Fathers must understand that while saying, ‘I love you’ is absolutely necessary because it is an unequivocal affirmation, and therefore reassuring, unless their actions are commensurate with this affirmation, ‘I love you’ becomes the moral equivalent of an empty calorie. ‘I love you’ alone conquers nothing because love is an outcome, not an action. Actions are behaviors that say to the child, I hear you, I respect you, I acknowledge your feelings (even if I disagree with them), your ideas count (even when I disagree with them). These are loving behaviors, and when fathers embrace them, they will know how much they love their child, and how much their child loves them.
5) How have you come to balance parenthood and outside life?
Since I have an adult child, this is no longer an issue. When my son was a child, I often asked myself, should I feel guilty, say, for leaving him with a sitter when I could have watched him? I thought, I am a pretty involved dad, so no. Additionally, I thought, if I show him I feel guilty he will know that something is wrong. He will not think, oh, Dad’s feeling a bit guilty, but I understand. Instead, my child would be more likely, I think, to take on my feelings of distress, perhaps to the degree that he would blame himself for my guilty feelings. This is how a child’s mind works, in my experience.
6) What have you learned from the fathers that you have interacted with?
What a great question. I have learned that my peers, though more open and sharing than the generation before, still have difficulty articulating their feelings. In general, fathers (not all, of course) are more comfortable talking about their children than with them, find it easier to guess what they think and feel, than risk asking them, are wired to endure criticism (just take it) from their children when they receive it, rather than admitting, well, that really hurt. I am, however, still here. I am okay. And I can, if I choose to, engage my child in a discussion of our feelings, with the purpose of mutual understanding.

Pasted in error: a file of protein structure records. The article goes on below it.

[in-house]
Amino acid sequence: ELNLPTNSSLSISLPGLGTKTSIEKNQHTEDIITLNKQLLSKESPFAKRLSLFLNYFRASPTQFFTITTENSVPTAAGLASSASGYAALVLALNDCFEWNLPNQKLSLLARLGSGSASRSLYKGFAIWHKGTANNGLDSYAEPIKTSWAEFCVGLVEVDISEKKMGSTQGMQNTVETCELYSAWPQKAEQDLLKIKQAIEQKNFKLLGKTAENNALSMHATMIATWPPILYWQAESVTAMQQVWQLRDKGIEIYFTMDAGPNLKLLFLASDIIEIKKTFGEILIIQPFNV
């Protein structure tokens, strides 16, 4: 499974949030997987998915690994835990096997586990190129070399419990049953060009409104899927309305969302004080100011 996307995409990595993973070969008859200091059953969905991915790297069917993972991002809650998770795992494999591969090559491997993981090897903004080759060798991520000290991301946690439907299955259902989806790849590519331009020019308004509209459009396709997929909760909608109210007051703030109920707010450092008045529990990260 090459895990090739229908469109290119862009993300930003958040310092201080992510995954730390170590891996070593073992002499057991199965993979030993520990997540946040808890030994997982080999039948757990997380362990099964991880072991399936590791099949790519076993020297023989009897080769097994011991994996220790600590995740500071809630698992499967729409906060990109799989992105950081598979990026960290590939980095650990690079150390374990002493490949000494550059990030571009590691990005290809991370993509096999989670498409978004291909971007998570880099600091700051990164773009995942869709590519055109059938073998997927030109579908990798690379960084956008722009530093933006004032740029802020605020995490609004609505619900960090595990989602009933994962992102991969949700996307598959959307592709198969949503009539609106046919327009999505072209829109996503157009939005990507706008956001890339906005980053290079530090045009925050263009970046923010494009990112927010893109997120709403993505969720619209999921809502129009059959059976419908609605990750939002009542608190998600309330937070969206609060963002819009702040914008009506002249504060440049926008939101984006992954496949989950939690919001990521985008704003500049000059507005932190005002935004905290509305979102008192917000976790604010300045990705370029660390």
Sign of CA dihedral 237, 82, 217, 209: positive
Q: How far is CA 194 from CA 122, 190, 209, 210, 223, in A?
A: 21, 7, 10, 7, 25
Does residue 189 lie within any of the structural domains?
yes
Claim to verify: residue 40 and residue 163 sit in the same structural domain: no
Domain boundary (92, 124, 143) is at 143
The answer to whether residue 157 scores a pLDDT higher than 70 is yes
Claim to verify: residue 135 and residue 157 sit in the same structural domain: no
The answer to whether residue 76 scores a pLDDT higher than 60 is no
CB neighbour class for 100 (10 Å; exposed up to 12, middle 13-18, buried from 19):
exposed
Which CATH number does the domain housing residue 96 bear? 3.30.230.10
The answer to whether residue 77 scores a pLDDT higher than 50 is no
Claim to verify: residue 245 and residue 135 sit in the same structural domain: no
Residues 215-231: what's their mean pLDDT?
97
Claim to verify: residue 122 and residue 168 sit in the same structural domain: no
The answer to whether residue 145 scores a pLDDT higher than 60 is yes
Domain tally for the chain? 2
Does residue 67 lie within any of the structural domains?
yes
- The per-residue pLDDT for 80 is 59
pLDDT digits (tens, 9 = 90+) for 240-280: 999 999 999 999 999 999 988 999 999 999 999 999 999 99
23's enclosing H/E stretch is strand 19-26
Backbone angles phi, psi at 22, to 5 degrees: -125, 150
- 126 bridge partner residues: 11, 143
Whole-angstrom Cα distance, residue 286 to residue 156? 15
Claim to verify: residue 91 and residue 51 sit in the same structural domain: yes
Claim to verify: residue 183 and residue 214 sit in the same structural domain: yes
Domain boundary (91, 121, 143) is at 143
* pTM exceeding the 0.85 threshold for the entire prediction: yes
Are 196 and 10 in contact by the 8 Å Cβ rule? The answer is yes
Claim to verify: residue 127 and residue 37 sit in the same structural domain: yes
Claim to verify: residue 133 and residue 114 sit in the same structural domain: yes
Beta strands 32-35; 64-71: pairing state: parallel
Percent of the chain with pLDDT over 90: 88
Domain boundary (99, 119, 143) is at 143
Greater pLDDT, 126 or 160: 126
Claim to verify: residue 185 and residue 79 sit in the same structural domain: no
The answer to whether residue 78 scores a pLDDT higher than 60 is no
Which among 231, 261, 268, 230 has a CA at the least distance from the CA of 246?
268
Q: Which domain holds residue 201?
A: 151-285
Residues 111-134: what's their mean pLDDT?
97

7) What else would you share regarding your experiences as a father thus far?
To date, I am proud of myself as a father and human being. Not because I am perfect. Not because there aren’t lots of things I’d do over given the chance. I am proud of me because I am committed to engaging my son, even when I don’t always feel great about what I hear. I am committed to hearing him, respecting his feelings, to listening best I can without interrupting him, or defending myself. I should add that far more often than not, my son is complimentary of me. He loves me and tells me so. He puts his arm over my shoulder and brings me close to him. These are all the times of my life.
8) What have been the most memorable experiences that you have had thus far as a parent?
By experience, I assume the question asks about a time or an event or an occasion. I can count many: camping with my son, working out with him in the gym, canoeing down a river with him and just talking, having a catch with him when he was a child, playing tennis, reading and discussing his written work when he was in college, and law school. These experiences are eclipsed by “I love you” at the end of an email, and yes, by, “So, here’s what’s bothering me, Dad.”
If you have any questions for Paul Alan Ruben, please leave a comment here and I will make sure that he gets them so that he may be able to respond!